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In literature I am using, to solve the following differential equation:

$$\frac{d^2 u}{d \rho^2} = \bigg(1 -\frac{\rho_0}{\rho} + \frac{l(l+1)}{\rho^2} \bigg)u$$ where $l$ is a constant integer, we examine the asymptotic form of the solutions as $\rho \to \infty$ and $\rho \to 0$. As $\rho \to \infty$ the constant term in brackets dominates, so (approximately) $$\frac{d^2 u}{d \rho^2} = u~~~ \text{which has general solution}~~u(p) = Ae^{- \rho} + Be^{\rho}$$ for large $\rho$. We want a normalizable solution, so we take $B=0$. Evidently, $$u(\rho) \approx Ae^{- \rho} $$ for large $\rho$. On the other hand, as $\rho \to 0$ the third term dominates so then we have the approximation: $$\frac{d^2 u}{d \rho^2} = \frac{l(l+1)}{\rho^2}u.$$ The general solution is $$u(\rho) = C \rho^{l+1} + D \rho^{- l}$$ again we take $D =0$, thus $$u(\rho) \approx C \rho^{l+1}$$ for small $\rho$. The next step is said to "peel off the asymptotic behaviour" by introducing a new function $v(\rho)$: $$u(\rho) = \rho^{l+1}e^{- \rho}v(\rho).$$ Is this a standard method of solving differential equations and what is the advantage of writing $u$ as a new function $v$? Is the the last question valid because we can account for the limit behaviour of $u$ by requiring $v(\rho) \to A \rho^{-(l+1)}$ for large $\rho$ and $ v(\rho) \to Ce^{\rho}$ for small $\rho$?

Thanks for assistance.

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  • $\begingroup$ @SimpleArt Yes sorry, typo and $l$ is a constant integer value. Edited now. $\endgroup$ – user100431 Aug 5 '16 at 19:56
  • $\begingroup$ This ODE is the Coulomb wave equation which general solution is the linear combination of the Coulomb wave functions of first and second kind. This is a particular case of confluent hypergeometric function. The solution can also be expressed with the Whittaker functions. mathworld.wolfram.com/CoulombWaveFunction.html $\endgroup$ – JJacquelin Aug 6 '16 at 9:09
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One cannot say that this is "a standard method of solving differential equations". This is one way among several. When facing a difficult differential equation, it is of use to try several approches until finding a successful one. Of course, the search could be unsuccessful and numerical calculus is often required.

For example, it is a common use to change of function $y(x)=x^ae^{bx}g(x)$ and determine the parameters $a$ and $b$ which leads to an ODE simpler than the initial one. This is often valuable for ODE's of generalized Bessel kind or more generally of hypergeometric kind. Of course, this isn't successful in many other cases of ODEs.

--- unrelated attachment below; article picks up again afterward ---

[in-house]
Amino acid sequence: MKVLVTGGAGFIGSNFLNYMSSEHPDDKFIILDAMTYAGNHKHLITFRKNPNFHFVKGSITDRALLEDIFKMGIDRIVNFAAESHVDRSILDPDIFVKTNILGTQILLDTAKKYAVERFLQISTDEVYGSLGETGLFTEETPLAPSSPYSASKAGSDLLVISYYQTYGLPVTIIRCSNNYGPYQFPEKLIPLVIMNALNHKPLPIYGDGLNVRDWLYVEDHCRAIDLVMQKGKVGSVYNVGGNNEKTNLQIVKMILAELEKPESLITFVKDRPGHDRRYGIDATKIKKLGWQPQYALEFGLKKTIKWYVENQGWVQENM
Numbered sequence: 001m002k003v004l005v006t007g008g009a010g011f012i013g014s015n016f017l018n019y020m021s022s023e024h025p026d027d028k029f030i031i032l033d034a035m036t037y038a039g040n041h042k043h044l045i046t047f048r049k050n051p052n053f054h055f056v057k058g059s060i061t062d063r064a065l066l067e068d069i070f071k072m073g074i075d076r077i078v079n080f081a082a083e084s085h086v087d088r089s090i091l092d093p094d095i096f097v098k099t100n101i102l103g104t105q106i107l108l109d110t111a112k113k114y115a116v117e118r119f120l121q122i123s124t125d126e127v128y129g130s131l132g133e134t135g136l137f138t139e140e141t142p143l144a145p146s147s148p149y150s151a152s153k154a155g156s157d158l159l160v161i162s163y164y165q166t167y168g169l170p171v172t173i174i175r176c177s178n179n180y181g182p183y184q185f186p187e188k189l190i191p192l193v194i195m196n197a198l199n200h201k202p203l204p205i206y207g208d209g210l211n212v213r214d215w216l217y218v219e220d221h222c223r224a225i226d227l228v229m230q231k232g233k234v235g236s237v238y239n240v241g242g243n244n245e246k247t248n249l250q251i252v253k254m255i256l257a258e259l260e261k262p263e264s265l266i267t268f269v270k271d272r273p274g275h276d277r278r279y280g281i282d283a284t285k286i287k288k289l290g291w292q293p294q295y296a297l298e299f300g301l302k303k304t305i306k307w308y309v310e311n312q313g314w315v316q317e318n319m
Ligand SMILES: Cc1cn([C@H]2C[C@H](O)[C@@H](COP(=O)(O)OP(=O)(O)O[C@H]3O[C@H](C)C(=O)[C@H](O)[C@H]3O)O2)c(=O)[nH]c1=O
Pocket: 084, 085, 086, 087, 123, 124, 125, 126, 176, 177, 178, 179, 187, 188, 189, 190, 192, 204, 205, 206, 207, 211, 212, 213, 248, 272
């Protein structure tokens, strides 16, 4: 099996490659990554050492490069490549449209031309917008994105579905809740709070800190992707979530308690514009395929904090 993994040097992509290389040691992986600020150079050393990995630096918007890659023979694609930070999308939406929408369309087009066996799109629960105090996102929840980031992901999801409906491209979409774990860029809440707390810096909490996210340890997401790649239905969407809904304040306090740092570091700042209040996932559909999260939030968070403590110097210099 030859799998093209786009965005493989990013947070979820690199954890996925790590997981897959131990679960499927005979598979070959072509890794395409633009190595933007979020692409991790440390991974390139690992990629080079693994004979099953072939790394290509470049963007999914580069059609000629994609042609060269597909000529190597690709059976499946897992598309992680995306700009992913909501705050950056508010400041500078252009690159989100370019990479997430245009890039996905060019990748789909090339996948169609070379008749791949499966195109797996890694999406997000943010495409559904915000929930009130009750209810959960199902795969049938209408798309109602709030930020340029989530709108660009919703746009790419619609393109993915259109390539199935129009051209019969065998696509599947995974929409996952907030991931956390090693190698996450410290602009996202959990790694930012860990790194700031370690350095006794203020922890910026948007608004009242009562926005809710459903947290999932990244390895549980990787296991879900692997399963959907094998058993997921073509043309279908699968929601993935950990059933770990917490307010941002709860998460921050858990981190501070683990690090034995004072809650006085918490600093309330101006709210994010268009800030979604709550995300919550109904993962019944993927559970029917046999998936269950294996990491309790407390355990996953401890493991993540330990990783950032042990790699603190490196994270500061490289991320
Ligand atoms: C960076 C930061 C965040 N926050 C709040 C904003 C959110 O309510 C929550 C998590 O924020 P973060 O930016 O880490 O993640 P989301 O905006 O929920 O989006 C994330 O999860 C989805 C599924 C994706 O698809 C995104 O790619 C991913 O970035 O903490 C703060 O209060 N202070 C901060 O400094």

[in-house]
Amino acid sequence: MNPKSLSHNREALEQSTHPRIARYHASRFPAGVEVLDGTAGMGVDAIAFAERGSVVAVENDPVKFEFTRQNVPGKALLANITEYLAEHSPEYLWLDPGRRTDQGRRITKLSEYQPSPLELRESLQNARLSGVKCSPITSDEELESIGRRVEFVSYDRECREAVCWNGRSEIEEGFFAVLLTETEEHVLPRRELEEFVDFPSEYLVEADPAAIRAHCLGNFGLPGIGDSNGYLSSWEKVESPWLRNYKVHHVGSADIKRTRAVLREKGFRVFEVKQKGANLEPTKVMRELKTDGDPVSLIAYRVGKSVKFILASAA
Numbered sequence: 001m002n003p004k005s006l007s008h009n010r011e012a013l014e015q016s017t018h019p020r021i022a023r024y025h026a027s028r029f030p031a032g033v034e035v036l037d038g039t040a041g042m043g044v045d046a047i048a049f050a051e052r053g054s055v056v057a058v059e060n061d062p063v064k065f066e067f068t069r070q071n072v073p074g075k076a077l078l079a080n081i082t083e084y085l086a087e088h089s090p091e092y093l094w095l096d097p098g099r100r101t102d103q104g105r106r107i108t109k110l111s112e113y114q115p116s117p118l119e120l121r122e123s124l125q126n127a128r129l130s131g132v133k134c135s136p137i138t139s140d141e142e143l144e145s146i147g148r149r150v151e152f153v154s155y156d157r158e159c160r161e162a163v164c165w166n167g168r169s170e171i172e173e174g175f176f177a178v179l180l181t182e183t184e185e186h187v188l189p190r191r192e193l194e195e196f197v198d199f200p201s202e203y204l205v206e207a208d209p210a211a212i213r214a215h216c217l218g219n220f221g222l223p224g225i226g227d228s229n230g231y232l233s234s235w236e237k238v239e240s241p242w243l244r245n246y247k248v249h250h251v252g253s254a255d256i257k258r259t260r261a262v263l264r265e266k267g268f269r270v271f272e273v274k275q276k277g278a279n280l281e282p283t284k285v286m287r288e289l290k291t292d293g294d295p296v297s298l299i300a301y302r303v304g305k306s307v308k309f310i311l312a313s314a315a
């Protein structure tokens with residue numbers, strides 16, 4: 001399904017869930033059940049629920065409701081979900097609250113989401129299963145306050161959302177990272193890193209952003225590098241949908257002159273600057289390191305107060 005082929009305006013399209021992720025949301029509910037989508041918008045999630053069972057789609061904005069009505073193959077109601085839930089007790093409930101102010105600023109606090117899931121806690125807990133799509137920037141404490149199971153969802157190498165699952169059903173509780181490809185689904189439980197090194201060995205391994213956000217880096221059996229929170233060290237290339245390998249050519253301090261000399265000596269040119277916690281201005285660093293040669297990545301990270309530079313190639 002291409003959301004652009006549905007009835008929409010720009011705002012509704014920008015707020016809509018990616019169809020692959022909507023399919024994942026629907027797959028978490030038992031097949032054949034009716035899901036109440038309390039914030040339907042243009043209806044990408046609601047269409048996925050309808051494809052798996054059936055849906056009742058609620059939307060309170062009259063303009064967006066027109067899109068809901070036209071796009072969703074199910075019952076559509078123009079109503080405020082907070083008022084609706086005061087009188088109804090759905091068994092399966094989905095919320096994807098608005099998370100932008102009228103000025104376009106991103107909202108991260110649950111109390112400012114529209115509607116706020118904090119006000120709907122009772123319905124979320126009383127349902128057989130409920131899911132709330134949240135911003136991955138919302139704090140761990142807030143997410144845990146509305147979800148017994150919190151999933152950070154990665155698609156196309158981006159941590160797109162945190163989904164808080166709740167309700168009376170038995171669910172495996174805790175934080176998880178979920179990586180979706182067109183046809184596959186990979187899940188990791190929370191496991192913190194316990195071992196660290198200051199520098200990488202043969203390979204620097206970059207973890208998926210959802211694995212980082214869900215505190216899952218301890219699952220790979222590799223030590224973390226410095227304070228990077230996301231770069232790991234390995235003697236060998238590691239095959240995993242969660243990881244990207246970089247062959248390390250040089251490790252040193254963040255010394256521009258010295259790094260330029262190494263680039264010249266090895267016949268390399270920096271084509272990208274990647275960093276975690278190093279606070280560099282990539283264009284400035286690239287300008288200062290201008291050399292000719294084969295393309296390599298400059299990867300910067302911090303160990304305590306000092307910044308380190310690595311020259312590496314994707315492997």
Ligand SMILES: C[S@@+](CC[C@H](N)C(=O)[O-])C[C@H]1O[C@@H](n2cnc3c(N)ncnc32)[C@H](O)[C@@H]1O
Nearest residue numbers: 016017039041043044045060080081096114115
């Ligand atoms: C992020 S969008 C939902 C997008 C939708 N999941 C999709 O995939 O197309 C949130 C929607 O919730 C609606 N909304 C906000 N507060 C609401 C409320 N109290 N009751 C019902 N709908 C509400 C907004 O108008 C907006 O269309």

In the present case, considering the limit solutions at $0$ and at $\infty$ is advantageous because it avoid boring calculus to determine the above parameters $a=-(l+1)$ and $b=-1$. Nevertheless the transformed ODE with unknown function $v(\rho)$ remains complicated. It is much simpler to directly refer to a known form of ODE which solutions are some known special functions : The Coulomb wave functions or the Whittaker functions in the present case.

http://mathworld.wolfram.com/CoulombWaveFunction.html

http://mathworld.wolfram.com/WhittakerDifferentialEquation.html

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  • $\begingroup$ Thanks for your answer and references. Just to confirm one point, you say that the change of function $y(x) = x^{a} e^{bx} g(x)$ is something that is often used. Is it motivated by the same kind of limit argument as in this specific case? $\endgroup$ – user100431 Aug 6 '16 at 14:18
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    $\begingroup$ No, it isn't motivated by any limit argument in general. But eventually, a limit argument can renforce the idea to try such a change of function. By the way, saying that it is "often used" is too much : "sometimes used" is better. Also, sometimes, other functions than $x^a$ and $e^{bx}$ can be tried as factors if they appear favorable, for example considering a limit or something else. $\endgroup$ – JJacquelin Aug 6 '16 at 15:01
  • $\begingroup$ If you follow these substitution methods for solving PDE's are the final solutions just approximations? $\endgroup$ – user100431 Aug 12 '16 at 13:05
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    $\begingroup$ These substitution methods are sometimes successful, sometimes not. If it is successful, you get the exact final solution. If it is not successful, you get no solution and you have to try other methods. $\endgroup$ – JJacquelin Aug 12 '16 at 16:56

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